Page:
Waded Cruzado Portrait

Montana State President Waded Cruzado poses for a photo in her office on Aug. 7.

The Montana Board of Regents said Thursday they’re ready to offer a $150,000 pay increase to Montana State University President Waded Cruzado to keep her from leaving for a job at another university that would pay even more.

Combined with the regular 2% raise awarded to all state employees starting in January, the increase would raise her pay next year 48.8% to $476,524.

That would make Cruzado the highest paid employee in the Montana University System, and probably the highest paid state employee in Montana, said Kevin McRae, deputy commissioner.

Clay Christian, commissioner of higher education and Cruzado’s boss, said the results Cruzado has achieved at MSU have taken dedication, vision and assembling a great team. Those results — including MSU growing enrollment in an era when many American colleges are losing students — have attracted outside attention and Cruzado has an offer in hand, Christian said.

“We can’t match the offer,” he said. “We can close the gap.”

Christian called it the fiscally responsible thing to do to offer Cruzado additional money because it would be expensive and take time and energy to conduct a national search for a replacement. And it would hurt the momentum she has generated on the Bozeman campus, he said.

Casey Lozar, regents chair, called it “an extraordinary measure for an extraordinary performance for an extraordinary leader.”

The regents won’t vote on the pay increase until Friday, but all voiced support for the offer.

“I’m not leaving,” Cruzado said Thursday. “My heart is at Montana State University. My family loves Montana. We have an extraordinary university here.”

Cruzado, 59, finishing her 10th year as president, is MSU’s first woman and first minority president. She had welcomed the Board of Regents to the Bozeman campus with a report on MSU’s extraordinary progress — on everything from raising graduation rates to students winning prestigious national scholarships to raising millions of dollars for new buildings.

She declined to name the university that made her an offer or disclose how much money she was giving up, saying she takes seriously both MSU and the other university and wants to be respectful. She said she has no problem sitting across the table from a donor and asking for money for students, faculty and staff, but doesn’t like to talk about it for herself.

“I feel very honored,” she said.

The regents won’t vote until Friday on the pay raise for Cruzado, as well as 2% raises for other top administrators and 1,700 classified employees, but nearly all said they support offering Cruzado the raise.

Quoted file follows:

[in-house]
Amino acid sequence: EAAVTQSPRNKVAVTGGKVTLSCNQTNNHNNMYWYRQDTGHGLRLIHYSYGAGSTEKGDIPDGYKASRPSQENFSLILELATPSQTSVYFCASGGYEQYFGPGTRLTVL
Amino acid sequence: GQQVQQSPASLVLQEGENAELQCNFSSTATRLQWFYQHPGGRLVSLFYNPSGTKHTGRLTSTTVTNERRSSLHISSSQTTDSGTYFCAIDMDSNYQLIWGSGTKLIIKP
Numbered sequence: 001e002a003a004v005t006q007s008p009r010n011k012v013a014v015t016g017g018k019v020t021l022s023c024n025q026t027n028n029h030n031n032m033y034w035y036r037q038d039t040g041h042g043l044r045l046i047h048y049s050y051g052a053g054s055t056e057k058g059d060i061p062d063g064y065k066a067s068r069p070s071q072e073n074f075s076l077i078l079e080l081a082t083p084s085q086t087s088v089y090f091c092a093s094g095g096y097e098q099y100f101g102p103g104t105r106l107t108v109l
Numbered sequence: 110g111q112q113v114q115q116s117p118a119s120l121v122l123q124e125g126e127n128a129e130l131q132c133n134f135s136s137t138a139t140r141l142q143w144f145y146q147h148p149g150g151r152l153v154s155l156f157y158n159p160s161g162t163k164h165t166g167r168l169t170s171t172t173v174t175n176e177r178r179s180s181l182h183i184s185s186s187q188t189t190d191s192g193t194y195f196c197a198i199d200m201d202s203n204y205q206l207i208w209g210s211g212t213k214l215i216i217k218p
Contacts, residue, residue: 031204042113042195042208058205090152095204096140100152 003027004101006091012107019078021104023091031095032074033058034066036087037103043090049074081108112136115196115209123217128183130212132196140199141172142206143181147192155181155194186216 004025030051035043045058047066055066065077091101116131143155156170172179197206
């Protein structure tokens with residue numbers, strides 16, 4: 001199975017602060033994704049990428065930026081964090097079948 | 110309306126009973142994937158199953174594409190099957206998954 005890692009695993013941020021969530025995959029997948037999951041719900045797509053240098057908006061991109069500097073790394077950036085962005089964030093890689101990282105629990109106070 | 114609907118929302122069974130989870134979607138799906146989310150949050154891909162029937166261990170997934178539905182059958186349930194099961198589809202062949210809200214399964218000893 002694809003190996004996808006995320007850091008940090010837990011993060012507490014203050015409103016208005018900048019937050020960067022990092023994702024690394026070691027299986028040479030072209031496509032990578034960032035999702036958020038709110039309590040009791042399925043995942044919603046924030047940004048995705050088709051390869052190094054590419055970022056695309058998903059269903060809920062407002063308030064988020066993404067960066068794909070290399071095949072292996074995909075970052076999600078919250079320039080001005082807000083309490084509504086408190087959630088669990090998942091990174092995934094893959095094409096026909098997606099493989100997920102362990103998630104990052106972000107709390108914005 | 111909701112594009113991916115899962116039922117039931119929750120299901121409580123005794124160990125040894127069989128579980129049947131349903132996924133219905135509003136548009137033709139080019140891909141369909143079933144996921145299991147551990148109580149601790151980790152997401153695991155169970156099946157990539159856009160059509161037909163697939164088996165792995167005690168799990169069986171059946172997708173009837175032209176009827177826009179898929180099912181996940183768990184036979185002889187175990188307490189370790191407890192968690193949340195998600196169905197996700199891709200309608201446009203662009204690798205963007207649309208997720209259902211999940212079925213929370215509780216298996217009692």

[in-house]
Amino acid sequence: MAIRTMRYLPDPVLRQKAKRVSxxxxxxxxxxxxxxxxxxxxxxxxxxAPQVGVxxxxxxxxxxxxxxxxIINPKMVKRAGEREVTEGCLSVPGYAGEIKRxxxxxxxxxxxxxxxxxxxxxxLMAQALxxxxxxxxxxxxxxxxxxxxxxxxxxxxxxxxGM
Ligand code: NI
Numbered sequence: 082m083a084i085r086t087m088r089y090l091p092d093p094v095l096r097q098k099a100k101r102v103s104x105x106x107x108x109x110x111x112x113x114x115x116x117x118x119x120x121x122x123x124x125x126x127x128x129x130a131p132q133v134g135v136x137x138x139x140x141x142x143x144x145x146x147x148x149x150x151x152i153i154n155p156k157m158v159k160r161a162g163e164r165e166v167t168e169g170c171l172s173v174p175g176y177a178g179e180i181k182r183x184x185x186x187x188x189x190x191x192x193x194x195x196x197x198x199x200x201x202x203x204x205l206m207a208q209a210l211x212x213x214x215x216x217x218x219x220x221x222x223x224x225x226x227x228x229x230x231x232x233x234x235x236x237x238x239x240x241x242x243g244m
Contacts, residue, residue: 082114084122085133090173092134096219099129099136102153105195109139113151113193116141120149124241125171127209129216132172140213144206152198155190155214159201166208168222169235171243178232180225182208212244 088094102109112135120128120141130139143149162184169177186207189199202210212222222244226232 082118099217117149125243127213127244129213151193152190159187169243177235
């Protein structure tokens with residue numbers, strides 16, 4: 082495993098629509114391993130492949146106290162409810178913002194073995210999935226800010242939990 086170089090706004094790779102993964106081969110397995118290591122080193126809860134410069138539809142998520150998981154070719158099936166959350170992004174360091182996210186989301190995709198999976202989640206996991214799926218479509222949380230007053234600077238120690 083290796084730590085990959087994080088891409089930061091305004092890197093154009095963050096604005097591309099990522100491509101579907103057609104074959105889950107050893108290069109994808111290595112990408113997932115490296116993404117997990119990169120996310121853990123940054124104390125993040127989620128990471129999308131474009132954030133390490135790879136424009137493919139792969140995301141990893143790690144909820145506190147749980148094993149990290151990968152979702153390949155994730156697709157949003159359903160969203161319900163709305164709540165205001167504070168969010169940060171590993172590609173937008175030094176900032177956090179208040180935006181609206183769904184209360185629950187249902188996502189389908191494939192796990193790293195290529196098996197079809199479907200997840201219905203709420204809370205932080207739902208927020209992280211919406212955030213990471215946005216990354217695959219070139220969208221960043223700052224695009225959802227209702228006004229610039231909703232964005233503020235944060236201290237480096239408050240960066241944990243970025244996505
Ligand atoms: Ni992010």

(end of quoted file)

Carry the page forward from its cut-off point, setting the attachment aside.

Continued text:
Student Regent John Miller said as a former MSU student, he was excited to see it, because the campus has met unprecedented standards under her leadership.

Regent Bob Nystuen, a banker, said he supports the retention pay, and knows that in the private sector there’s great demand for talented leaders.

Regent Martha Sheehy said she agrees this as the fiscally responsible thing to do. She noted the offer and commissioner’s response had come about quickly and she appreciated how it was handled, including keeping private the name of the other university trying to recruit Cruzado.

MSU spokesman Tracy Ellig would say only that it is a larger university.

Regents Joyce Dombrouski and Brianne Rogers also expressed support.

In addition to the pay raise, the regents are being asked to change Cruzado’s deferred compensation plan. It originally offered her $50,000 a year for 10 years at age 65 if she would stay at MSU five years. She did that and is now on her second five-year deferred compensation plan, with the same requirements.

Going forward, she would receive $56,600 a year for a retirement savings plan but without the requirement that she stay another five years, McRae, said.

The president of the Montana State Fund, Laurence Hubbard, who has been reported in the past to be the state’s highest paid employee, is listed on the state government transparency website as earning $189.90 an hour, which would be $394,992 per year, while Cruzado’s new salary would equate to $229.09 per hour.

Gail Schontzler can be reached at gails@dailychronicle.com or 582-2633.

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